I believe education to be one of the most important things to receive in life, and choosing the right school is a very crucial part of being successful. In my experience, a small liberal arts school was the best decision for me. There are fewer students and fewer distractions, but life-changing professors and classes that require hard work are definitely part of the bargain. Each of my classes, whether I liked them or hated them, have taught me more than any high school class had ever taught me. I would say, take a new challenge and get out of your comfort zone. Go far away and really live on your own. Study abroad through the school's programs. Do as much as possible while you have the time. Be active and enjoy every second of it. Use your education to its fullest. You will succeed if you try.


Honestly, it is impossible to know what exactly one is getting into, when coming to college. I personally only applied to one school. I come from a lower-middle class family and I am the first to ever attend university, so of course it was hard for me to know what to expect. But, upon just showing up to orientation here at Ohio Wesleyan, I was enthralled. I was surprised, anxious and just happy to know that this is what my life would be for the next four years. My advice though, despite my personal experience, would be to visit as many schools as possible and stay over night, get a feel for the environment as much as possible. I consider myself lucky to have come to a school in a small town, not knowing anyone and instantly hitting it off with the people I met and loving academia. The liberal arts education I am receiving has saved my life. And encourage anyone to look into such schools. They are personable, friendly, helpful and it is just an all around awesome experience.


I would have to say that when looking for a school you have to find the school that is right for you. That being that when you go to visit the school, stay over night and interact with the people and see if you fit it. A big part of college and often why many people leave the school they first choose is because they do not get along with the people. So my advice is that if you fit in well, then that college is right for you because it will be easy to make friends and form study groups.


Although there is a lot of pressure from the media to choose a high-powered school that will connect you with top scholars and get you a job wherever you want to go, your college decision is about much more than that. I strongly encourage students applying to schools to think about where they would be happiest, instead of where a college could get them in the future. You will make your undergraduate experience; if you work hard, engage others, and step outside of your comfort zone you'll be successful anywhere. It's ok to choose the school that gave you the most money over your top choice, as long as you can see yourself being happy there and comfortable with your decision years later. I chose my school because of the scholarship they gave me, but I fell in love fast and now I can't imagine being anywhere else. Choose a school that has successful faculty in your field who you've met and you know will be engaging and caring; they're the ones who will help you achieve. Overall, as long as you put your best foot forwards, you can be happy anywhere.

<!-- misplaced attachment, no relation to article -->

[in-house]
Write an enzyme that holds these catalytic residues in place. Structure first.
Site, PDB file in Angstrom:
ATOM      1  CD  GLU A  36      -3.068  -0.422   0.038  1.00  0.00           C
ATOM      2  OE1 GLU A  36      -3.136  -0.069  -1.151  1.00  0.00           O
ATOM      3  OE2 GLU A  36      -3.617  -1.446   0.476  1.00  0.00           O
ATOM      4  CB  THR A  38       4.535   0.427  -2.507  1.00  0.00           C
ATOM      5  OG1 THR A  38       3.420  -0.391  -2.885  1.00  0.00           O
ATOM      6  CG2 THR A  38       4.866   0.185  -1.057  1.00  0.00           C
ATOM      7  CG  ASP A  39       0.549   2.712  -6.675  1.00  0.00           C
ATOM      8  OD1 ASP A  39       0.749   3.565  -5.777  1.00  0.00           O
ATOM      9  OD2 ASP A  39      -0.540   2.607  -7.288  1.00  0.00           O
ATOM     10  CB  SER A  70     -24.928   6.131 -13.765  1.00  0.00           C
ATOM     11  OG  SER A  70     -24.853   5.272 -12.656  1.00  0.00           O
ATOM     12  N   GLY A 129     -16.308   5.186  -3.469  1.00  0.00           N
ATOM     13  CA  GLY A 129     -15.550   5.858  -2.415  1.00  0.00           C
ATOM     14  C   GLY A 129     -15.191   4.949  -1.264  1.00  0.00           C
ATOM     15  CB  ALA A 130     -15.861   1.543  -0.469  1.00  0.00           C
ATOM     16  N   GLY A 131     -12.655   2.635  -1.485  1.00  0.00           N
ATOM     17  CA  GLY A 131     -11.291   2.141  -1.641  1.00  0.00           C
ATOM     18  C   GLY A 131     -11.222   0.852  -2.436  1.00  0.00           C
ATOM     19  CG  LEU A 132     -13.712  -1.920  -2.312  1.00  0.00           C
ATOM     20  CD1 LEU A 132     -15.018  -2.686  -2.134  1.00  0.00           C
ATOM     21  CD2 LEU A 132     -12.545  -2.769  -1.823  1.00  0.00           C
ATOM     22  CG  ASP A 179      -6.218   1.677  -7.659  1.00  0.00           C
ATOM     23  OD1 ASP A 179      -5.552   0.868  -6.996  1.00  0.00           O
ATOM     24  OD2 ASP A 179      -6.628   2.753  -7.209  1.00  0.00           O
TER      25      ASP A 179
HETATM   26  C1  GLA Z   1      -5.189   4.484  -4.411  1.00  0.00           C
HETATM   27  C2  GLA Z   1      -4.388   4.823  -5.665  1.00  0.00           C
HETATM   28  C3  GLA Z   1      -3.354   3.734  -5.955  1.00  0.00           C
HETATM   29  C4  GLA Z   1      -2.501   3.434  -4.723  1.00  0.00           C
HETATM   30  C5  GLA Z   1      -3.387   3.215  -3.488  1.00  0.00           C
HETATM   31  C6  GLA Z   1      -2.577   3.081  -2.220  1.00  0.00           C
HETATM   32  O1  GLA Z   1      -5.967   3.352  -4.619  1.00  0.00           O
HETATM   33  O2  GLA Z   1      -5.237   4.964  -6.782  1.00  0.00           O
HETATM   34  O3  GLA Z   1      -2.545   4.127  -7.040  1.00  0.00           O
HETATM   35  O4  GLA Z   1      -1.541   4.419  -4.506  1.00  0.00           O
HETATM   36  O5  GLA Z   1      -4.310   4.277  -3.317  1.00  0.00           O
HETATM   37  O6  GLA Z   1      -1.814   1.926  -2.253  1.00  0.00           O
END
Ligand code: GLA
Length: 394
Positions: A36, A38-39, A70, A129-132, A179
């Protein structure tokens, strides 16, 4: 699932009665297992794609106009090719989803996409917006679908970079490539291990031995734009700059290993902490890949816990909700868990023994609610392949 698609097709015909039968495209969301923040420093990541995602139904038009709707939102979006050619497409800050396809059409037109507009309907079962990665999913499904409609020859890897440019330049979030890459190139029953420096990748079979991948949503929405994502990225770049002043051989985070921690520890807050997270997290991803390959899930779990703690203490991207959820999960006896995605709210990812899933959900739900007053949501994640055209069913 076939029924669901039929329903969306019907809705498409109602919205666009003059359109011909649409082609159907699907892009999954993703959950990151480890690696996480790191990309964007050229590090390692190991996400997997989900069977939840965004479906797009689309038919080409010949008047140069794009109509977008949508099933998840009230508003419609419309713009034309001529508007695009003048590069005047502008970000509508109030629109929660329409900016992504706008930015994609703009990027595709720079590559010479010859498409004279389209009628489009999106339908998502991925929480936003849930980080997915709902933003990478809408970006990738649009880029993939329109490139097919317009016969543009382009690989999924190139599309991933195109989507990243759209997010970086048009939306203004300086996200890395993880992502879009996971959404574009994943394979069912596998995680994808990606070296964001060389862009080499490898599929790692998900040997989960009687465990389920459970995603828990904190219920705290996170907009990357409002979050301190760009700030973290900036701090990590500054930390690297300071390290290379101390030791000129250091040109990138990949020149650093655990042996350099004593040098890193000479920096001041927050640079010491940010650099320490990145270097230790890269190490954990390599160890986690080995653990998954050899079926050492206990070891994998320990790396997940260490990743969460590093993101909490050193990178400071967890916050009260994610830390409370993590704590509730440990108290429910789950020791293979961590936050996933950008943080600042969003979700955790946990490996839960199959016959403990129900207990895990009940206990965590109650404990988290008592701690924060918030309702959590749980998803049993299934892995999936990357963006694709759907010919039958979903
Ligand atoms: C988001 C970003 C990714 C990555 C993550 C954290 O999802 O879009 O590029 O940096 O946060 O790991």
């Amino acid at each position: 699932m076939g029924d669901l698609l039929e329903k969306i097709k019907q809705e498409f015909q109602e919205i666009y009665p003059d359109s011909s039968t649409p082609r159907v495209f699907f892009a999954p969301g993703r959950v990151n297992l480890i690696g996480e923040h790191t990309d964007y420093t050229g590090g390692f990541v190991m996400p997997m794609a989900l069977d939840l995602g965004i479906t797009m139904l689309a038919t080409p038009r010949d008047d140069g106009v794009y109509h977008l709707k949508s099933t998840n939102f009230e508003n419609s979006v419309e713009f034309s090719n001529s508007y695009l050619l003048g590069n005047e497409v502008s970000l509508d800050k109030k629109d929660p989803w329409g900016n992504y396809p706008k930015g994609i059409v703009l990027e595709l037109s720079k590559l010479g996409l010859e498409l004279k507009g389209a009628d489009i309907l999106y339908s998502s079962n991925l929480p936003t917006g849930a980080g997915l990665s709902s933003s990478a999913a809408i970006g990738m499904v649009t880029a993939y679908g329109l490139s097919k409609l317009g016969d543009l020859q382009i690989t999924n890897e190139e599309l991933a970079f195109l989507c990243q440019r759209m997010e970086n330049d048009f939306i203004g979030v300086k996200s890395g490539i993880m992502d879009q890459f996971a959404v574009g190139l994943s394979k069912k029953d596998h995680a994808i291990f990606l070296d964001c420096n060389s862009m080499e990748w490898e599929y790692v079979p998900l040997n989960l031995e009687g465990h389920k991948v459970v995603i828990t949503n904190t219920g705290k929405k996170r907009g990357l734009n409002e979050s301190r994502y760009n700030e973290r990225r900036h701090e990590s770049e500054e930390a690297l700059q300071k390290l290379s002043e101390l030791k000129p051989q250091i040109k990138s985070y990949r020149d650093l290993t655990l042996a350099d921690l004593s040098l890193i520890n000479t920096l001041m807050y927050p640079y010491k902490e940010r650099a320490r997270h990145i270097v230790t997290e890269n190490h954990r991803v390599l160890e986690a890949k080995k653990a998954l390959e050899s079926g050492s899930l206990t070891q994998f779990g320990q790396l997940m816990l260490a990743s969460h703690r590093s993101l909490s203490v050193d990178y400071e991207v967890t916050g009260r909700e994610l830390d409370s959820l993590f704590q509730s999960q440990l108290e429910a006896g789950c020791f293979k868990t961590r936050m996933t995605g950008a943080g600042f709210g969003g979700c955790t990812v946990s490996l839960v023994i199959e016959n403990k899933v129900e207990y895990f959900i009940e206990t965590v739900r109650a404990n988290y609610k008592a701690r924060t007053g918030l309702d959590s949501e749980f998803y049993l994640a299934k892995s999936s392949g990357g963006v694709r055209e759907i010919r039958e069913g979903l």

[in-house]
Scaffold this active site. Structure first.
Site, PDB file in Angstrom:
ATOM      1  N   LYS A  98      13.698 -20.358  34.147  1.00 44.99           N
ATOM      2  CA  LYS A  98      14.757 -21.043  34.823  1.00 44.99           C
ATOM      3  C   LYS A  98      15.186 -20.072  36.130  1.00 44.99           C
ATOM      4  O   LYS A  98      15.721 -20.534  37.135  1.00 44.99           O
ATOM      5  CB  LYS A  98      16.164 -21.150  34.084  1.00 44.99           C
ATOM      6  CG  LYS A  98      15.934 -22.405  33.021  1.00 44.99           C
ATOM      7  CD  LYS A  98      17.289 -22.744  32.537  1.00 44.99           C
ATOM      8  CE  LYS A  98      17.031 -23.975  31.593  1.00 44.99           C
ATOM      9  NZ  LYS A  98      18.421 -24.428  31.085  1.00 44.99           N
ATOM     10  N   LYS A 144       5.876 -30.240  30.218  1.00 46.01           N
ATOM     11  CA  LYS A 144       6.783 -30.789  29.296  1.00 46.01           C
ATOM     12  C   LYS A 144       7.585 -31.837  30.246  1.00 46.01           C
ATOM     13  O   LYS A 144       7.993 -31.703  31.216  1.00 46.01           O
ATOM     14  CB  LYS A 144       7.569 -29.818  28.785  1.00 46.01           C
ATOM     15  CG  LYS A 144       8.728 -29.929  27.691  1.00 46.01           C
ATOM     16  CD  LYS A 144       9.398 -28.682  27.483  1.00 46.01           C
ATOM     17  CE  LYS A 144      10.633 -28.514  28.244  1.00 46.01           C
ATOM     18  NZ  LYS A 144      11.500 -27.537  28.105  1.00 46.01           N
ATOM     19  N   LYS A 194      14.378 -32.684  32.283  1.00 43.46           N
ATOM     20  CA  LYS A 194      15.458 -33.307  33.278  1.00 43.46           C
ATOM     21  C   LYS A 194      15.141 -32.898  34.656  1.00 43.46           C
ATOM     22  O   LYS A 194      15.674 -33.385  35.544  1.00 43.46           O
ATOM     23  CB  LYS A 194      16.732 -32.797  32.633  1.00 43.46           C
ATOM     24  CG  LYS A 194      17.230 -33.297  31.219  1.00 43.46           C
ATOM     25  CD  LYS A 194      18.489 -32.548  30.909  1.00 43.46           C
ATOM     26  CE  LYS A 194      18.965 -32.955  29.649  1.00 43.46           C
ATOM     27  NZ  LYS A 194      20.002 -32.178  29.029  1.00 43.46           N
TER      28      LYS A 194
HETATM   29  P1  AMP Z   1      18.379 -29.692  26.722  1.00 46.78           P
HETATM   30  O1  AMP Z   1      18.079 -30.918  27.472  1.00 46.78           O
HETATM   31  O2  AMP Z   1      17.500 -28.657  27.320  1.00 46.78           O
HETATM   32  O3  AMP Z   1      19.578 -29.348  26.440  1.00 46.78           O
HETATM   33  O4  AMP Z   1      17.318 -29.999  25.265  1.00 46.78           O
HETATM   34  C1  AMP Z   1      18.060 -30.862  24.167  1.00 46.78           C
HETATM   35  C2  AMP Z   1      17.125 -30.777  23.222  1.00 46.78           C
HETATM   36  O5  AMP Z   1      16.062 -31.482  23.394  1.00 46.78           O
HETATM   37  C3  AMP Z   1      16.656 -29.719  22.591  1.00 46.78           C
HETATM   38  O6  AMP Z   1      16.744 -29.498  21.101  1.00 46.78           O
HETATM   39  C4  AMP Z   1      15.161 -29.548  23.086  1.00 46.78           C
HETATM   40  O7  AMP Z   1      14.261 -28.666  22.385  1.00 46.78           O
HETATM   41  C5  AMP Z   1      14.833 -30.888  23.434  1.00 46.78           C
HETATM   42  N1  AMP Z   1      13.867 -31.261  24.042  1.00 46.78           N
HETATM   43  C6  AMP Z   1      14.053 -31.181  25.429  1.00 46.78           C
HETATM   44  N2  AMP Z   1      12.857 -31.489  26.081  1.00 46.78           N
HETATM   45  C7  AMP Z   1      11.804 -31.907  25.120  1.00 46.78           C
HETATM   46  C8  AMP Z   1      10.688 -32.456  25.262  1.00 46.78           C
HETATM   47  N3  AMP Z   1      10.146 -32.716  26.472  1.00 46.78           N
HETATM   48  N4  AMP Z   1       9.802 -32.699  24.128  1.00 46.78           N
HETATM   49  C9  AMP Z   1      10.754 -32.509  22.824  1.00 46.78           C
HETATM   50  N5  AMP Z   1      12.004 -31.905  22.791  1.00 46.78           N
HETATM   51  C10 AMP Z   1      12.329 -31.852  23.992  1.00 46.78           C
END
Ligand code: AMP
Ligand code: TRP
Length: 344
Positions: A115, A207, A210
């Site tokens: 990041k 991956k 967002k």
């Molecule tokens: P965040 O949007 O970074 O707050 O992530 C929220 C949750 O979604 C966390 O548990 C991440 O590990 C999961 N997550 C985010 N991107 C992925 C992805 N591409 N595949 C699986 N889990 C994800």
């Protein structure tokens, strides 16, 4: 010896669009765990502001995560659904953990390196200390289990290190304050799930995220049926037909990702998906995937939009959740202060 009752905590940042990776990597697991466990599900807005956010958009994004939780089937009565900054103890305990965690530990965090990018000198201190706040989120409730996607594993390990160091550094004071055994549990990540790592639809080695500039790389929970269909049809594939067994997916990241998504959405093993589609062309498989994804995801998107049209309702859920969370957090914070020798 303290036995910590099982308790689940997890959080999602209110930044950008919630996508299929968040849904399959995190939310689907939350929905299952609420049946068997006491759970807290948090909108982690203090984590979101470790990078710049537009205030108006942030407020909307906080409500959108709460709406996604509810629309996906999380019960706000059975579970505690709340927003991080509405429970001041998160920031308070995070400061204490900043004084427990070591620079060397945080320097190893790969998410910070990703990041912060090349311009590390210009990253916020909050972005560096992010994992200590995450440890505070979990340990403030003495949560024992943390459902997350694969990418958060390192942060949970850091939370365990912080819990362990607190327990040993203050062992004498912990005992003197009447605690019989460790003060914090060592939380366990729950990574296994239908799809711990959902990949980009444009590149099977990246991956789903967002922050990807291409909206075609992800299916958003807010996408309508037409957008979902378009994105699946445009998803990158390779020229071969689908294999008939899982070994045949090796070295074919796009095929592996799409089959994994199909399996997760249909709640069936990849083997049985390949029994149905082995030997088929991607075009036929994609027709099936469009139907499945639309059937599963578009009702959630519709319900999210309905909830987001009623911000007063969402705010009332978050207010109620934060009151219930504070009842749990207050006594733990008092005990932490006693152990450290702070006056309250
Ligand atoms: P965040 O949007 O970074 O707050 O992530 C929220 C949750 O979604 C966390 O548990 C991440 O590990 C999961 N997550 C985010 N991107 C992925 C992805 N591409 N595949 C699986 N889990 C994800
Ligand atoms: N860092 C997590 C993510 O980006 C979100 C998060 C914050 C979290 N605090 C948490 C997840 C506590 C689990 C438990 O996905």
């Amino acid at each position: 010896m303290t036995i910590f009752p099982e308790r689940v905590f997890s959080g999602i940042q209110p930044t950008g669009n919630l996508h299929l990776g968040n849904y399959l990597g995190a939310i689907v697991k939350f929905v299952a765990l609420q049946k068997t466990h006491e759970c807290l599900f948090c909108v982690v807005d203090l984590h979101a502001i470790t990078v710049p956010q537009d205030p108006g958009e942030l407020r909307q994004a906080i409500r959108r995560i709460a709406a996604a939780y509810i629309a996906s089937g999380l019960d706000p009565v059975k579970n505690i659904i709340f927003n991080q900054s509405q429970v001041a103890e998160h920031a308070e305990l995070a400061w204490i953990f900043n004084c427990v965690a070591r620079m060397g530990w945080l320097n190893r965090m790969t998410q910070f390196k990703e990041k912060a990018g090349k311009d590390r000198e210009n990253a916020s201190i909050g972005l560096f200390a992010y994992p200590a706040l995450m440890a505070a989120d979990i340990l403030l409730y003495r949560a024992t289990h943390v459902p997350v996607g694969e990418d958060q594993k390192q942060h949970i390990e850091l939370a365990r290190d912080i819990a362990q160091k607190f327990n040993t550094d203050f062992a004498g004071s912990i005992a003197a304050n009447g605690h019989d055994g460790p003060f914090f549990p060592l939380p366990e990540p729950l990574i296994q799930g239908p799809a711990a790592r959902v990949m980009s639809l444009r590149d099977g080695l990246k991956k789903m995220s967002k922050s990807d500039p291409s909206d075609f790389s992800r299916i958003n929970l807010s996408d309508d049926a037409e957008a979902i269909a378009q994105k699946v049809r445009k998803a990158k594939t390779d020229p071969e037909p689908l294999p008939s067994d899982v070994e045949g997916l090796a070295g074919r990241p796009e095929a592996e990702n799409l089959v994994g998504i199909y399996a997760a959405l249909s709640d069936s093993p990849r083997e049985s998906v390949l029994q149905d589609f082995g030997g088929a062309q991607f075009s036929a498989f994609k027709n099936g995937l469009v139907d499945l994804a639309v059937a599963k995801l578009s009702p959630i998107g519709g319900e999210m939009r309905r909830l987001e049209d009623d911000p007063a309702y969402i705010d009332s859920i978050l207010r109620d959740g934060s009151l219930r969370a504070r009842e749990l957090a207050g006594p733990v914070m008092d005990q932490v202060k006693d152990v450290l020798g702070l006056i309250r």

Finding the right college is all about feeling. The feeling of the campus, teachers, and students one gets as they step onto campus should have a large effect on the choice. I think that while academics are very important - they are the reason why you go to college - it is also just as important to feel comfortable in the place where you will continue your education. A school that has 30,000 students might feel comfortable to one but another might feel that it is an unnavigatable sea of people. I think once the comfort barrier is crossed, the other joys of school will fall into place. The student will feel comfortable with doing things that the school puts on, taking part in clubs, making friends etc. All of that comes with being comfortable at the school of your choice. The final choice however should be the students', not the parents'. The parents should let their child make the choice based on their own feelings and observations. The parents should only give input sparingly and NOT try to make the decision for the student. Afterall, it is the teenage kid that is going to school, not the parents.


I would advise students to visit as many colleges as possible. Keeping an open mind is great and making sure the school offers courses for your major is a plus. Make sure you are comfortable with the class sizes and keep in mind what type of environment you want to be surrounded with. Diverse schools are a good choice because you are always going to find a comfortable group of people to hang out with. Also, pick a college that has a wide variety of activities and clubs that you enjoy because being involved is very important. Safety is another important concept to keep in mind. Look for a public safety group and make sure their are forms of contact when in danger. Money is another factor to focus on. Make sure you can afford the expences at certain colleges before making a direct decision so you don't find yourself in a hole.